» Hillary Clinton was hospitalised with a blood clot. She is stepping down as America's secretary of state this year and on December 21st Mr Obama nominated John Kerry to replace her. Susan Rice, an early favourite for the job, withdrew from consideration after Republicans criticised her response to September's lethal attack on an American consulate in Libya. See article»
» The Constitutional Council in France struck down François Hollande's flagship measure of a 75% top income-tax rate on those who earn at least €1m ($1.3m), just days before it was due to take effect. He vowed to press ahead with the tax. See article»
» Mario Monti, who has headed a non-party government in Italy since November 2011, said that he was ready to serve again as prime minister if asked after a general election, which will probably be held on February 28th. Mr Monti has launched his own policy agenda and held talks with centre-right groups. See article»
» Venezuela's president, Hugo Chávez, suffered a respiratory infection and further complications after a fourth operation for cancer in Cuba last month. Officials cancelled New Year's Eve celebrations and organised a mass to pray for Mr Chávez's life, but denied rumours that he was in an induced coma or had died.
» Two people were killed in Argentina and more than a hundred were arrested after two days of looting in several cities before Christmas. The government of President Cristina Fernández blamed dissident members of her Peronist movement for the mayhem. See article»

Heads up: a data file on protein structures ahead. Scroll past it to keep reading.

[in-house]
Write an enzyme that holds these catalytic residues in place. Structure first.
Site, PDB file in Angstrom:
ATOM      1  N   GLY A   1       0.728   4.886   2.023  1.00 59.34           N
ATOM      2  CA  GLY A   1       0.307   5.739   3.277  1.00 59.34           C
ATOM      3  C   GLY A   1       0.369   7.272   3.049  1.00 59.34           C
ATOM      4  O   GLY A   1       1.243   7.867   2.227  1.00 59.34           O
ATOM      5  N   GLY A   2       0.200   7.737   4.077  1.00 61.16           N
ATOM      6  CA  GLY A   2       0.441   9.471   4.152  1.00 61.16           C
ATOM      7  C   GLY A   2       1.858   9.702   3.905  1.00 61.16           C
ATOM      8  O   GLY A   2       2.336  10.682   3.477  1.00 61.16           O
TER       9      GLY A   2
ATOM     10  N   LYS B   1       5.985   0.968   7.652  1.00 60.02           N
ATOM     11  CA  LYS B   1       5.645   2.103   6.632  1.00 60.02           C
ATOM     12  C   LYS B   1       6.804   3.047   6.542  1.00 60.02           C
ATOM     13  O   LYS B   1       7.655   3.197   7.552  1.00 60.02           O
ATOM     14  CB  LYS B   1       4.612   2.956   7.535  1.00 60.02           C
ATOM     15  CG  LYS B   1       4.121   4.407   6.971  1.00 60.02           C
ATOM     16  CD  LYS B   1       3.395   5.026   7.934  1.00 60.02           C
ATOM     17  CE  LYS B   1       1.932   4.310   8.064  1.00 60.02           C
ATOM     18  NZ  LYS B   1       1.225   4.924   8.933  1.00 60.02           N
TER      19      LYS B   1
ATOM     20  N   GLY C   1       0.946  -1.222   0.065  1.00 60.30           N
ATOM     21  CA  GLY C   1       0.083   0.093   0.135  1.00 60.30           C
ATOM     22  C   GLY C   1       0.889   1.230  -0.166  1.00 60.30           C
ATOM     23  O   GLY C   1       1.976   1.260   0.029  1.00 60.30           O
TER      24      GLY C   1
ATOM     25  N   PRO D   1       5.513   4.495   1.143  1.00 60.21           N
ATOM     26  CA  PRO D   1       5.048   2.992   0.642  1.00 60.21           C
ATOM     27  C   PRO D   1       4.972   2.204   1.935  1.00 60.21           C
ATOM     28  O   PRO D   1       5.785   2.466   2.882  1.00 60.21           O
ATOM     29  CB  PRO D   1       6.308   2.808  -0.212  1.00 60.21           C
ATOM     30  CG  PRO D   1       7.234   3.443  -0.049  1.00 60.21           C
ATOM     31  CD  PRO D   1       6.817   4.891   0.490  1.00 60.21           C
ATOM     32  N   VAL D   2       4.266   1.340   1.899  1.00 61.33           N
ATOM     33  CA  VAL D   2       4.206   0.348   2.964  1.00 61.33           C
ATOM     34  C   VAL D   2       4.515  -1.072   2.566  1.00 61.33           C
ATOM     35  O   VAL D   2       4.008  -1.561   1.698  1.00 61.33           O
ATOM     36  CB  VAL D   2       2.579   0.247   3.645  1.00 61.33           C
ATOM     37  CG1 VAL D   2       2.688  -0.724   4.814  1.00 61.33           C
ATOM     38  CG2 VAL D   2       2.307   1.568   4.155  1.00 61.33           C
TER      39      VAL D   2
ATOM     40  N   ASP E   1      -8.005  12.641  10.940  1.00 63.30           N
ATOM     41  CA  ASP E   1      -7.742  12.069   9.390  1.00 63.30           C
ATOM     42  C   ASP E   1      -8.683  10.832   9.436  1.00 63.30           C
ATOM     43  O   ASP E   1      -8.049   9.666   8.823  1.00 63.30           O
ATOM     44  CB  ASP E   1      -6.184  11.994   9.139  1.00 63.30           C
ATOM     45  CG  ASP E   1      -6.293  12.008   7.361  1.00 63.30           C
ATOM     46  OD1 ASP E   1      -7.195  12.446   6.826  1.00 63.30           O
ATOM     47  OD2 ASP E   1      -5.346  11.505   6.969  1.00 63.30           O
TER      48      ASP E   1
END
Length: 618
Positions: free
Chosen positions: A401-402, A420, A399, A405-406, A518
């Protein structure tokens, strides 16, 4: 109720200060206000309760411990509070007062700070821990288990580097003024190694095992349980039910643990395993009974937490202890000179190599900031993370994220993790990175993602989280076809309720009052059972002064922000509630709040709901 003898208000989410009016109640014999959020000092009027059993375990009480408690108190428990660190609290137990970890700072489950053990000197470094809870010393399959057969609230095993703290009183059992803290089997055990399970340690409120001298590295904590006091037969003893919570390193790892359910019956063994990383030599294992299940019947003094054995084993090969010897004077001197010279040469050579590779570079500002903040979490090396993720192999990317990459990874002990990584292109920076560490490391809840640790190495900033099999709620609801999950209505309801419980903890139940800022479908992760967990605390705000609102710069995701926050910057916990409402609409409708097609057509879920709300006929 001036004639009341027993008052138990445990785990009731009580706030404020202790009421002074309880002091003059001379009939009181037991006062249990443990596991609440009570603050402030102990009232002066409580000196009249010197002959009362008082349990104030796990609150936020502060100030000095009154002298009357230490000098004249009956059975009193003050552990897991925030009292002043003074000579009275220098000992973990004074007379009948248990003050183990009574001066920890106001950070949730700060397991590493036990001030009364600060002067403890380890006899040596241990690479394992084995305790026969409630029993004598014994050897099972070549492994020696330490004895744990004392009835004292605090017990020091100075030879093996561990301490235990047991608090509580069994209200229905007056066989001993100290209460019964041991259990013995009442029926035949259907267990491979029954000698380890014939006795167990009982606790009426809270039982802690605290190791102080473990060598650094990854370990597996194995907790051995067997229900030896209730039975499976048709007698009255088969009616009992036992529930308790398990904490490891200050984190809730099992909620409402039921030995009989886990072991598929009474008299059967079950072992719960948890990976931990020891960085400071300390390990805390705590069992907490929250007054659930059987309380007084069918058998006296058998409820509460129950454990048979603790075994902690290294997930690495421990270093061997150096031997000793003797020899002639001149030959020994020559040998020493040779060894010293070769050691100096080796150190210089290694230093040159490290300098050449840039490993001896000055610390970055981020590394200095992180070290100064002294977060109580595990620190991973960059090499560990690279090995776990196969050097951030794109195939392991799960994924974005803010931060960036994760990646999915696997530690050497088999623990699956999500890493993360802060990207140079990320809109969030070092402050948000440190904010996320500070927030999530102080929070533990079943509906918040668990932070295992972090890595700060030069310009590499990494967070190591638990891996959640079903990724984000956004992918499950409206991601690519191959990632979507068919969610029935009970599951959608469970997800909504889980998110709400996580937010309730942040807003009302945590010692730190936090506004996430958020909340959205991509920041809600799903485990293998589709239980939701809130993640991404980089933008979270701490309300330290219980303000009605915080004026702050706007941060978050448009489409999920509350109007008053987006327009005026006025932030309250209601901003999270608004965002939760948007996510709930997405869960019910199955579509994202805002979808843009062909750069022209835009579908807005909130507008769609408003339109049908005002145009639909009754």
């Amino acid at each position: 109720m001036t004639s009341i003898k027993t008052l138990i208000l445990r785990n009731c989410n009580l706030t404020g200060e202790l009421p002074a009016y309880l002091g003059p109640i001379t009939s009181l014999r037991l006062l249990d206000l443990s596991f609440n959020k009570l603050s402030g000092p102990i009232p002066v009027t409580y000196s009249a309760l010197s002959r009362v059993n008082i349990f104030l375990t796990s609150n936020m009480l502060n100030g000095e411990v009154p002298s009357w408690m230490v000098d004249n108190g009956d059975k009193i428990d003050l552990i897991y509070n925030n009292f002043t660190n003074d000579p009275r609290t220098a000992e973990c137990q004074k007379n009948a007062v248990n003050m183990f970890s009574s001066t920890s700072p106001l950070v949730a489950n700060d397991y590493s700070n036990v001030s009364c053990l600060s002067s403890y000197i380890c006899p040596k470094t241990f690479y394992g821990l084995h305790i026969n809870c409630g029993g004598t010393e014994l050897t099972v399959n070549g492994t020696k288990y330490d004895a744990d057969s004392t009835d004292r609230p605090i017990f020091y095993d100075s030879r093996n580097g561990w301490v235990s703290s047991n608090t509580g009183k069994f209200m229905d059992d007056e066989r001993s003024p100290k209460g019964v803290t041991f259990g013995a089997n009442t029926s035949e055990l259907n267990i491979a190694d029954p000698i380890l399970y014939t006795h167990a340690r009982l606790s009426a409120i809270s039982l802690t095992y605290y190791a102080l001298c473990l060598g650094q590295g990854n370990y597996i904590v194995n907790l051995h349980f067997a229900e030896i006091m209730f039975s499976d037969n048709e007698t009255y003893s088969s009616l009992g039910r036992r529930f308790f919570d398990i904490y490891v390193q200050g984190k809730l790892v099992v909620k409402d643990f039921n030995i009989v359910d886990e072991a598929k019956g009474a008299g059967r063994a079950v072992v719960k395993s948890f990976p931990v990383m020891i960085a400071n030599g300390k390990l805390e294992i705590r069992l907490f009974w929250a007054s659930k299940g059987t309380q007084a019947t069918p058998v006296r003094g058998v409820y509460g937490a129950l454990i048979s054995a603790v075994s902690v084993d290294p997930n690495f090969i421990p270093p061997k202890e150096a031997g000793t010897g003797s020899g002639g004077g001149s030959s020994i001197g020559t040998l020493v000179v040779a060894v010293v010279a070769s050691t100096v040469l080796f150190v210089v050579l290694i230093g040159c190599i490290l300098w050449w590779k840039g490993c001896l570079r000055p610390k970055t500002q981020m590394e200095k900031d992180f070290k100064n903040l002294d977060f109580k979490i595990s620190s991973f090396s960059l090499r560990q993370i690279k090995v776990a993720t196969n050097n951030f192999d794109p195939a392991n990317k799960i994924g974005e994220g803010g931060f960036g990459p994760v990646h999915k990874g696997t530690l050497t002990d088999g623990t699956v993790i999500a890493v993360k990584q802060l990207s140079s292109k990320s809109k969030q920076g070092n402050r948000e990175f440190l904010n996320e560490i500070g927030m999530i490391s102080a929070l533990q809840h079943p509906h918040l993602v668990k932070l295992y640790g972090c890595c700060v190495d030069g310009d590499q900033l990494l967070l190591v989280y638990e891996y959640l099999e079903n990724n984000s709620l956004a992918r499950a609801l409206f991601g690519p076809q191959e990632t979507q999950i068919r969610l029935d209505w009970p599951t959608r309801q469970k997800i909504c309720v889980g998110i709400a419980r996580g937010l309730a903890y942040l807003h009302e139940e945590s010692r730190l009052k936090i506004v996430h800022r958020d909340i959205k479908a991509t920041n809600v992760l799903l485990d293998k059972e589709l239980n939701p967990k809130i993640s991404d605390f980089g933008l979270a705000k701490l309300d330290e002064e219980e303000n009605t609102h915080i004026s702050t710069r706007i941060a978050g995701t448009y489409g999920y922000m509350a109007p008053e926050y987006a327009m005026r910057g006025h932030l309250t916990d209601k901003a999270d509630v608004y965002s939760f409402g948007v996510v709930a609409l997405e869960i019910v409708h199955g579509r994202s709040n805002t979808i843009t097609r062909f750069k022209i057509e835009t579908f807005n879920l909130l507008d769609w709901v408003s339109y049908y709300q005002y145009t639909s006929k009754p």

» Bolivia's president, Evo Morales, announced further nationalisations of foreign companies, this time of two Spanish-owned electricity-distribution firms.
» Nearly 64% of Egyptians endorsed an Islamist-flavoured constitution in December. Turnout was less than 33%. The secular opposition hopes to do better in a general election next month. See article»
» The UN's commissioner for human rights said that at least 60,000 people had died violently since civil strife erupted in Syria in March 2011, a much higher figure than in previous estimates.
» Rebels in the Central African Republic, arguably Africa's poorest country, closed in on the capital, Bangui, and were poised to overthrow President François Bozizé. See article»
» Further rallies were held across India demanding more action on women's rights, after last month's murder of a 23-year-old student. The woman was gang raped, attacked with metal bars and thrown out of a bus in Delhi. The rape sparked violent protests in the capital over official indifference to women's safety. See article»
» Tens of thousands took to the streets of Hong Kong to call for the resignation of the city's chief executive, Leung Chun-ying. Mr Leung has been caught up in a scandal related to building work at his house, a delicate issue in Hong Kong where property prices are sky high. The protesters also demanded a bigger say in selecting future chief executives, a role currently fulfilled by a pro-Beijing committee.
» Kim Jong Un, North Korea's leader, used a new year's speech to urge greater co-operation with the South and to seek improvement in the North's economy. Park Geun-hye, who was elected last month as South Korea's first female president, has indicated that she is willing to restart a dialogue with the North. See article»